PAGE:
Police have failed in an attempt to force a Birmingham kebab store owner to hire bouncers to deal with “alcohol-fuelled” customers.
In a landmark decision, the city’s licensing sub-committee refused what is thought to be the first request for door security staff at premises not selling drink.
Members did not believe guards at the entrance to the Village Kebab House, Moseley, were necessary.
The committee also rejected a police application to prevent the shop’s owner, Ashiq Hussain, from opening until the early hours at weekends.
Mr Hussain’s initial request for a 4am closing time was withdrawn, in favour of 3am – an hour later than is currently permitted.
He said he needed to open later to boost takings in the recession and to take advantage of customers wishing to eat after leaving pubs at closing time.
The decision was sharply criticised by the Moseley Society, which fears other takeaways and bars in the village will now request longer opening hours.
The Society’s secretary and the police argued that all-day opening of licensed premises has made Moseley a favourite destination for late-night revellers, leaving residents complaining about a sharp increase in noise and sleepless nights.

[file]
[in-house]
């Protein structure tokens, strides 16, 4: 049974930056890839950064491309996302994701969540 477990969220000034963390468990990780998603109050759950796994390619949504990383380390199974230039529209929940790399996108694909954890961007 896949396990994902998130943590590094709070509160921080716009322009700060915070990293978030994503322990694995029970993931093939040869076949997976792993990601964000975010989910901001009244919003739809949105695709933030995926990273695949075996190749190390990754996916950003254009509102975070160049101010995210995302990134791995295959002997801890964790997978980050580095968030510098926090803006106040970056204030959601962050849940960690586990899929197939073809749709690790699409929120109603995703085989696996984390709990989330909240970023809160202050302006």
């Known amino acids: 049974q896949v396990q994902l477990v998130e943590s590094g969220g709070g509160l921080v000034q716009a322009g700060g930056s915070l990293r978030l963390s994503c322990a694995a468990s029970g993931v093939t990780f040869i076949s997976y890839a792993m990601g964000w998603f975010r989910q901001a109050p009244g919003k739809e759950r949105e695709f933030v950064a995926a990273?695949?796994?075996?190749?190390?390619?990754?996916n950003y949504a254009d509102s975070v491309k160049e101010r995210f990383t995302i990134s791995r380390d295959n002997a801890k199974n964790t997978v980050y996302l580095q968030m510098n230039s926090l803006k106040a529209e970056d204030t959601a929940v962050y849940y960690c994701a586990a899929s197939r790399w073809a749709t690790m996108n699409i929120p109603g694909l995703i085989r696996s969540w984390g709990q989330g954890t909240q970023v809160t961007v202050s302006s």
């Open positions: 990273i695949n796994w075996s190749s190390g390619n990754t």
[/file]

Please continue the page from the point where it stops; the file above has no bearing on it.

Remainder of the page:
Mrs Adams said a closing time of 2am was “quite late enough”, particularly for people who had to get up early in the morning for work.
Councillors questioned a claim by local police officer Rachel Lamerton that the CCTV proposed by Mr Hussain outside his shop would not act as a deterrent.
Wpc Lamerton said cameras at pubs in Moseley made no difference, adding: “We still have fights, we still have issues”.
She said police had been called 15 times in 18 months to incidents including assaults, fighting and criminal damage in the vicinity of the Kebab House.
She added: “There is a catalogue of incidents involving these premises.
“People from the city centre are going to Moseley to finish their night out. Alcohol-fuelled customers will come out of the pubs and into Mr Hussain’s shop”
It emerged, however, that most of the incidents were reported to the police by Mr Hussain himself, and there was no proof that troublemakers had been using the Kebab House.
Committee member Coun Bruce Lines (Con Bartley Green) described the application for door staff to be imposed upon Mr Hussain as “very sad”.
He added: “This is the first time I have ever heard door staff requested for a takeaway.
“Mr Hussain is being penalised for all the trouble in and around the centre of Moseley village, and he is being penalised because he has reported incidents in and around his shop.”
Wpc Lamerton’s comments about CCTV were described as “extremely naive” by Allen Sartori, a director of the city centre Broad Street Business Improvement District.
Mr Sartori said the introduction of security cameras in Broad Street several years ago led to a 50 per cent fall in crime.